There are 1014 bacterial cells that naturally reside in the human gut, an order of magnitude greater than all the cells in the body. Humans enjoy a mutualistic relationship with intestinal microbiota, wherein the microorganisms perform a host of useful functions, such as processing unused energy substrates, training the immune system, and inhibiting growth of harmful bacterial species [1]. However, not all bacteria populations within the human intestine are benign. There are many pathogenic bacteria which cause a wide variety of diseases when present in the human gut. As one example, cholera is one of the most widespread and damaging of such infectious microorganisms, with the World Health Organization reporting 132,000 cases in 2006 [2]. But cholera is just one of many examples. In the United States alone, there were more than 325,000 hospitalizations from food-borne illnesses in the year of 2006 [3]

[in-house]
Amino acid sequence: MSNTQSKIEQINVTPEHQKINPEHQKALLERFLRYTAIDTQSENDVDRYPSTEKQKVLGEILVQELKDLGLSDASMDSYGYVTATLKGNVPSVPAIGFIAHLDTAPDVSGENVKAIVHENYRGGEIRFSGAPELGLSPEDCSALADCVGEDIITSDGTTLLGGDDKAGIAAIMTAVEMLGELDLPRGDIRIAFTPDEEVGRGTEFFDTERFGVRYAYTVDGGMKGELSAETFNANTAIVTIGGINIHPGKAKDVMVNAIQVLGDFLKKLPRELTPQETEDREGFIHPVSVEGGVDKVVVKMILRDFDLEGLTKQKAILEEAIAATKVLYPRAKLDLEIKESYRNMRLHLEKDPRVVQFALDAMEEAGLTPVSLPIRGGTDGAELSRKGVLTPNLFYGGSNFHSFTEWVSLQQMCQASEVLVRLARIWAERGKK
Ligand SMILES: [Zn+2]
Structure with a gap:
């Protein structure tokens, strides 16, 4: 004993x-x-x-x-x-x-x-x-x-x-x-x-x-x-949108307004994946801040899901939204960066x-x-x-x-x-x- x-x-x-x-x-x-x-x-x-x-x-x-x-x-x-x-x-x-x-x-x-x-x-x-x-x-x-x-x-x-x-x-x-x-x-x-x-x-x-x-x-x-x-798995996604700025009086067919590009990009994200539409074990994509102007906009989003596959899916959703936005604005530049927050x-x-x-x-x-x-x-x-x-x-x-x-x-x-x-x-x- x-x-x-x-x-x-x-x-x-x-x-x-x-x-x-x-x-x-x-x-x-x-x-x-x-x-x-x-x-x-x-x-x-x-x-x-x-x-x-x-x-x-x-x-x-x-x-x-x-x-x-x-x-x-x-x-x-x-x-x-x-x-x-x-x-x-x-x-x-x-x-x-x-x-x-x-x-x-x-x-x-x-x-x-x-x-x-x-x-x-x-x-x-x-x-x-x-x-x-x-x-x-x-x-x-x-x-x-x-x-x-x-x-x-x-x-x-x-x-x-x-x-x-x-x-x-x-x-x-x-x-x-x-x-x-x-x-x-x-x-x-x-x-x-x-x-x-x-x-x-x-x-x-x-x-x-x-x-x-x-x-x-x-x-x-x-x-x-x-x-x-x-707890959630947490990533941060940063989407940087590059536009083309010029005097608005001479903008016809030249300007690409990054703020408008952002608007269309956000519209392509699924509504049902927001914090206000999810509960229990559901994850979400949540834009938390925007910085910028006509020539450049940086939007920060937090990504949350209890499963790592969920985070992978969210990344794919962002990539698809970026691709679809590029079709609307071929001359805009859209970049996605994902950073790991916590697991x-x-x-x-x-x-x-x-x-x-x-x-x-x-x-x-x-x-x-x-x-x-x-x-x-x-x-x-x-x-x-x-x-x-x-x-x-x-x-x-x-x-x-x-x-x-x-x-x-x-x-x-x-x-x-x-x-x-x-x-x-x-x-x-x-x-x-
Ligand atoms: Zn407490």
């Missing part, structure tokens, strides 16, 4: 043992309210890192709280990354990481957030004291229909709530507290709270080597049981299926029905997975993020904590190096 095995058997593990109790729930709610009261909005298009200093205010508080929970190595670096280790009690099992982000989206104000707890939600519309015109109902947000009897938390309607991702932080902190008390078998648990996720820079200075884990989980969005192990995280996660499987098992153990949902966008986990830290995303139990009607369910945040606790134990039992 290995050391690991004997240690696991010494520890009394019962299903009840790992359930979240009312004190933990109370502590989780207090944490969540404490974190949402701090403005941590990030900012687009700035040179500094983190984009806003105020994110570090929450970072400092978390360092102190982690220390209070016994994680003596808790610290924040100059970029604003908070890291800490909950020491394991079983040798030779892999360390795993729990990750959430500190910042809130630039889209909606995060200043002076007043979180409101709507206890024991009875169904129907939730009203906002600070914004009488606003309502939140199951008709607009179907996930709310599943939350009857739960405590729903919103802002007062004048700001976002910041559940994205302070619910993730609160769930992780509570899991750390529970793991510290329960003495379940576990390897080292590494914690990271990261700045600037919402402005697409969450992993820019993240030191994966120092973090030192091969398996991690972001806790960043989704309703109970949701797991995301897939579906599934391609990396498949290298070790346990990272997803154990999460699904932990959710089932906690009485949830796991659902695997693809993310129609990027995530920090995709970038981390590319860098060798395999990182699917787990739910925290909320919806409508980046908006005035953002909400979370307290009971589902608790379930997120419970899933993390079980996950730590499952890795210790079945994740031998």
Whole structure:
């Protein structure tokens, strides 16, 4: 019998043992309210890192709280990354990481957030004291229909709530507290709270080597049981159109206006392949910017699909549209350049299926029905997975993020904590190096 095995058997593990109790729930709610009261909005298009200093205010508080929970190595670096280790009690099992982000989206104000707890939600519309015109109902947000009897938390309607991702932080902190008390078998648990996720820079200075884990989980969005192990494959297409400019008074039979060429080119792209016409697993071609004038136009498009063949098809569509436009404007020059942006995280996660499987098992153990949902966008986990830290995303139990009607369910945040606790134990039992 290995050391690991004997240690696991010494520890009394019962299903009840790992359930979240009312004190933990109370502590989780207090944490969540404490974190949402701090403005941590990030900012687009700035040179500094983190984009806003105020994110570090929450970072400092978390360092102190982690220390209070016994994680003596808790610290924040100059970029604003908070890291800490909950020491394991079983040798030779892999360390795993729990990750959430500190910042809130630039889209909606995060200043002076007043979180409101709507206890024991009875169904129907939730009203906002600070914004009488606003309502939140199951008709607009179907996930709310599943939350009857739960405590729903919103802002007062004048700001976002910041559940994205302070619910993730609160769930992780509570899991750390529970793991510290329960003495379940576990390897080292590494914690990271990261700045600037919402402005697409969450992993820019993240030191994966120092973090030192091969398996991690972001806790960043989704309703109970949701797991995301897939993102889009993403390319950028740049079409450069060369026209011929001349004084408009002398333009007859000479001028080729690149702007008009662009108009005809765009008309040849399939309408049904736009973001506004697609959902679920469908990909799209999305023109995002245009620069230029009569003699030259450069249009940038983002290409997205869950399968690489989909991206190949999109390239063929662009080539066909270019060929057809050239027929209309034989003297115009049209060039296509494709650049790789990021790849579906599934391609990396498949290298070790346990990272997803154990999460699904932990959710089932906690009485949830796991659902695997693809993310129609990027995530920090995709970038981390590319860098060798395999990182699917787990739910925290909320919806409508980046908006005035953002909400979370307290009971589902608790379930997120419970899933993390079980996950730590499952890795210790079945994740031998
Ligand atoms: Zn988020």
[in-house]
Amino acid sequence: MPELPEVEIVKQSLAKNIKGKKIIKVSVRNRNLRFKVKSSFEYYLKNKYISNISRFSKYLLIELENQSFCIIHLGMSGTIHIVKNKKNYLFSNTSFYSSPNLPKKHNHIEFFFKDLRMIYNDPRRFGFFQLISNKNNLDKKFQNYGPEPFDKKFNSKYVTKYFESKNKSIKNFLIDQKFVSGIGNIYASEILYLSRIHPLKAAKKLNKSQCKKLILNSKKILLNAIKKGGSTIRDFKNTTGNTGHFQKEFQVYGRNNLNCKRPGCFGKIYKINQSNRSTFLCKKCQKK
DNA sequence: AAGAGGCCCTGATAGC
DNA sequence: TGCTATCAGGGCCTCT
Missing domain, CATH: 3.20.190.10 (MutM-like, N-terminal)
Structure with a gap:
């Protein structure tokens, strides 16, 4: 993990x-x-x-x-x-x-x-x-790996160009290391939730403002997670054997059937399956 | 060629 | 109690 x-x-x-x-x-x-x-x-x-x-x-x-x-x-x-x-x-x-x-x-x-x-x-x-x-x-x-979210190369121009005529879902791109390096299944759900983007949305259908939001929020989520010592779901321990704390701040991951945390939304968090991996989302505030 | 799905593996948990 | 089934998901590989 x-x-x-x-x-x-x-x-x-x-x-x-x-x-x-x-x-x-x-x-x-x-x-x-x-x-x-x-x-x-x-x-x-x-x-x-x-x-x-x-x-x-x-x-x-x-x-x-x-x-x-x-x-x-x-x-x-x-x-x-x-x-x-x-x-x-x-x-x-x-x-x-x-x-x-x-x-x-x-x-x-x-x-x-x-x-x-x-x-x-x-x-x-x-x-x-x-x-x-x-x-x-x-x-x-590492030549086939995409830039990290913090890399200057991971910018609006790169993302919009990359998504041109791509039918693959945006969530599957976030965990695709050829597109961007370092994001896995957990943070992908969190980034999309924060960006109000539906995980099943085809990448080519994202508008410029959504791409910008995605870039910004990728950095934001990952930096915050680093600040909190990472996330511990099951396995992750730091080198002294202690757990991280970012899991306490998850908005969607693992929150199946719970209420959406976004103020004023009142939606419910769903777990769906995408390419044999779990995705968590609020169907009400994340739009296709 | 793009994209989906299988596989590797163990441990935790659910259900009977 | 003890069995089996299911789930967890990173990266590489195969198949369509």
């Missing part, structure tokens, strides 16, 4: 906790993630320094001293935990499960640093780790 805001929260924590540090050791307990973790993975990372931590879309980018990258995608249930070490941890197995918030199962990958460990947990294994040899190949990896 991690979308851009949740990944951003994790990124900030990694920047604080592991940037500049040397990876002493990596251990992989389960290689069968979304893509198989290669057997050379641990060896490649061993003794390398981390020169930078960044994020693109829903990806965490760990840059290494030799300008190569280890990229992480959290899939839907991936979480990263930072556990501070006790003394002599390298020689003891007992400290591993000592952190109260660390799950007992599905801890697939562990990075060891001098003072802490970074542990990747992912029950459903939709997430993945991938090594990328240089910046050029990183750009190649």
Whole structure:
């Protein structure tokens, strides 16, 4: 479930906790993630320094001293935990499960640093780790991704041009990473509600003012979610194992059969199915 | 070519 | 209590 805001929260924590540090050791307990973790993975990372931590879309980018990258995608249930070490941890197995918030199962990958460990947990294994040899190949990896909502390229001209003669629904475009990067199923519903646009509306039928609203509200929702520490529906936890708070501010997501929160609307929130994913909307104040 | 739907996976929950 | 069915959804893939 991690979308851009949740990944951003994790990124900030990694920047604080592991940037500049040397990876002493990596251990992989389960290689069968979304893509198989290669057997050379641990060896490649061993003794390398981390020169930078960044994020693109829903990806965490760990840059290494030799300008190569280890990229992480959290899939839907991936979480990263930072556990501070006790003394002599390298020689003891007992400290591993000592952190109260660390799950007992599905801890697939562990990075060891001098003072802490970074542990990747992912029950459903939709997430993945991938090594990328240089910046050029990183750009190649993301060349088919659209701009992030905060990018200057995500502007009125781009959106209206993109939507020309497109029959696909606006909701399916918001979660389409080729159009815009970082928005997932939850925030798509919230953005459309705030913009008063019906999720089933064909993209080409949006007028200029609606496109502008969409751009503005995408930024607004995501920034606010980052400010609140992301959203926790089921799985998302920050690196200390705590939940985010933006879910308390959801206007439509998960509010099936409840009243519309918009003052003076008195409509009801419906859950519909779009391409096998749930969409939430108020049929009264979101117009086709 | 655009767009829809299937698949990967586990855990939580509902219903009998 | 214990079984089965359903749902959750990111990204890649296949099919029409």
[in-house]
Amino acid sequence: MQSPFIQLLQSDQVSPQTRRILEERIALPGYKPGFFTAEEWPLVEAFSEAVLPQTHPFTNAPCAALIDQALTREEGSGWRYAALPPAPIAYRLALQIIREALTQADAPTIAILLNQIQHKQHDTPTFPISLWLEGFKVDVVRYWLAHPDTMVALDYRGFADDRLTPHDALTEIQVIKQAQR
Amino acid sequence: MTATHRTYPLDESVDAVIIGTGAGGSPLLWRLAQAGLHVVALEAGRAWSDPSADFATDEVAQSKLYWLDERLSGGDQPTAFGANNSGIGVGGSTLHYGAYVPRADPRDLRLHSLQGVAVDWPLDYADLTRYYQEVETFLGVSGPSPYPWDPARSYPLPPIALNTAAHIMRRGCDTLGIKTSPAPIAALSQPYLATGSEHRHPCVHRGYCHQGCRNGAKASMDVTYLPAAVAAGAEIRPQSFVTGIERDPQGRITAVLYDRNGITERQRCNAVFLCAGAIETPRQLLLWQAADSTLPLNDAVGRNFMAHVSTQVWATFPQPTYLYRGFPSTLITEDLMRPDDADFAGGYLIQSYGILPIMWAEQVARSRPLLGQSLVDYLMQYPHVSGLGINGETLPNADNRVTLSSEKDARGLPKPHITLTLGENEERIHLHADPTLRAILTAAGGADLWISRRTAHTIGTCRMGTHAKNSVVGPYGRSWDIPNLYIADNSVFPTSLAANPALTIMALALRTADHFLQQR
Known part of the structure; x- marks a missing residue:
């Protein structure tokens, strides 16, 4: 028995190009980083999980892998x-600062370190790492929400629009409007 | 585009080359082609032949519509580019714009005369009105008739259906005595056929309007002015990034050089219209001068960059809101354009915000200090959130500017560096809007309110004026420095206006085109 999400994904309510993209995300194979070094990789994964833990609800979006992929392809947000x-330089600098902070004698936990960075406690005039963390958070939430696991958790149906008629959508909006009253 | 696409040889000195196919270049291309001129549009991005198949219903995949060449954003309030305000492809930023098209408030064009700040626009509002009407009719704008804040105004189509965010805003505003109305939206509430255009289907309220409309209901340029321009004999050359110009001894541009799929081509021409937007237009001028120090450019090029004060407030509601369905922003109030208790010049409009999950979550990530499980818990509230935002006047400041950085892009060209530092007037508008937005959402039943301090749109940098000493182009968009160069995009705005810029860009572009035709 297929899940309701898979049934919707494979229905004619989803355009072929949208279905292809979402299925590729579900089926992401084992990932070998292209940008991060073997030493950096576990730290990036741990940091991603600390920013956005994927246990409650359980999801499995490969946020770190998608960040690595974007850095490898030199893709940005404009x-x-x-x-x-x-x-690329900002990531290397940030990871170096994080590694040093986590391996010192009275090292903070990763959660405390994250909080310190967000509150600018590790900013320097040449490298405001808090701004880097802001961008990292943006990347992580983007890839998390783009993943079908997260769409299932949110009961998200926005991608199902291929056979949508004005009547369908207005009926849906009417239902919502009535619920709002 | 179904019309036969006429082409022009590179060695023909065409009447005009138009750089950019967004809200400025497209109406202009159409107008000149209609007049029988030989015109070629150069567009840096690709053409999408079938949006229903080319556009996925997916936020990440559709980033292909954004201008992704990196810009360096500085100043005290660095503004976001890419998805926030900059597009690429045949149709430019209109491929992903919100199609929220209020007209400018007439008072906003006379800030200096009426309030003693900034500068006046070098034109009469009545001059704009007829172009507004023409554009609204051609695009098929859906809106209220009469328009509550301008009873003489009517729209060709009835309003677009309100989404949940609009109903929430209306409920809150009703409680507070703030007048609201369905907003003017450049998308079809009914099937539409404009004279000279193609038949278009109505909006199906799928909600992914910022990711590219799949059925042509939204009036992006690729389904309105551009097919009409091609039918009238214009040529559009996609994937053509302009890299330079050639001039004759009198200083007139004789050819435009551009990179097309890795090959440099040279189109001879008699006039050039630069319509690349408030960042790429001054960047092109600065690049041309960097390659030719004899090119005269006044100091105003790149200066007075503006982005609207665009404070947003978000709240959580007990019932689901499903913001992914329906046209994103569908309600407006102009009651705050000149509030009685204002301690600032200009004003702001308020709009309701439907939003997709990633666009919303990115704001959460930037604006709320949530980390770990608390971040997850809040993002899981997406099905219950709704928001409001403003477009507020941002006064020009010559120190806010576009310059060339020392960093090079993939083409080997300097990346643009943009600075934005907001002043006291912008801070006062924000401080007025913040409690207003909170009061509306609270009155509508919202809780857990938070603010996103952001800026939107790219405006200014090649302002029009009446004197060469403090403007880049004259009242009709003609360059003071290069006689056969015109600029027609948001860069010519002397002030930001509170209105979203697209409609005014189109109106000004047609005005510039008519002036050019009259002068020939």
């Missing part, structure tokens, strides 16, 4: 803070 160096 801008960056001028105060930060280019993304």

There are many medical treatments for food-borne illnesses, the most commonly prescribed being antibiotics. Unfortunately, antibiotics are indiscriminant and lead to rapid depletion of benign bacterial populations within the intestine. Due to this fact, dietary supplements have been popularized which aim to introduce beneficial bacteria back into the gut after antibiotic treatment; these substances have been termed ‘probiotics’. Natural probiotics have two main advantages: they provide useful functions for the host and they competitively inhibit growth of pathogenic bacteria.

Natural probiotics do not convey any more advantages than bacteria in a healthy human intestine. Modern synthetic biology techniques should allow us to create an engineered probiotic that goes beyond the limitations of natural probiotics. The viability of such engineered probiotics within humans has already been established [4]. As part of a collaborative effort by the Caltech iGEM team to create a novel probiotic with improved medical applications, this project focuses on engineering a pathogen defense system within E. coli.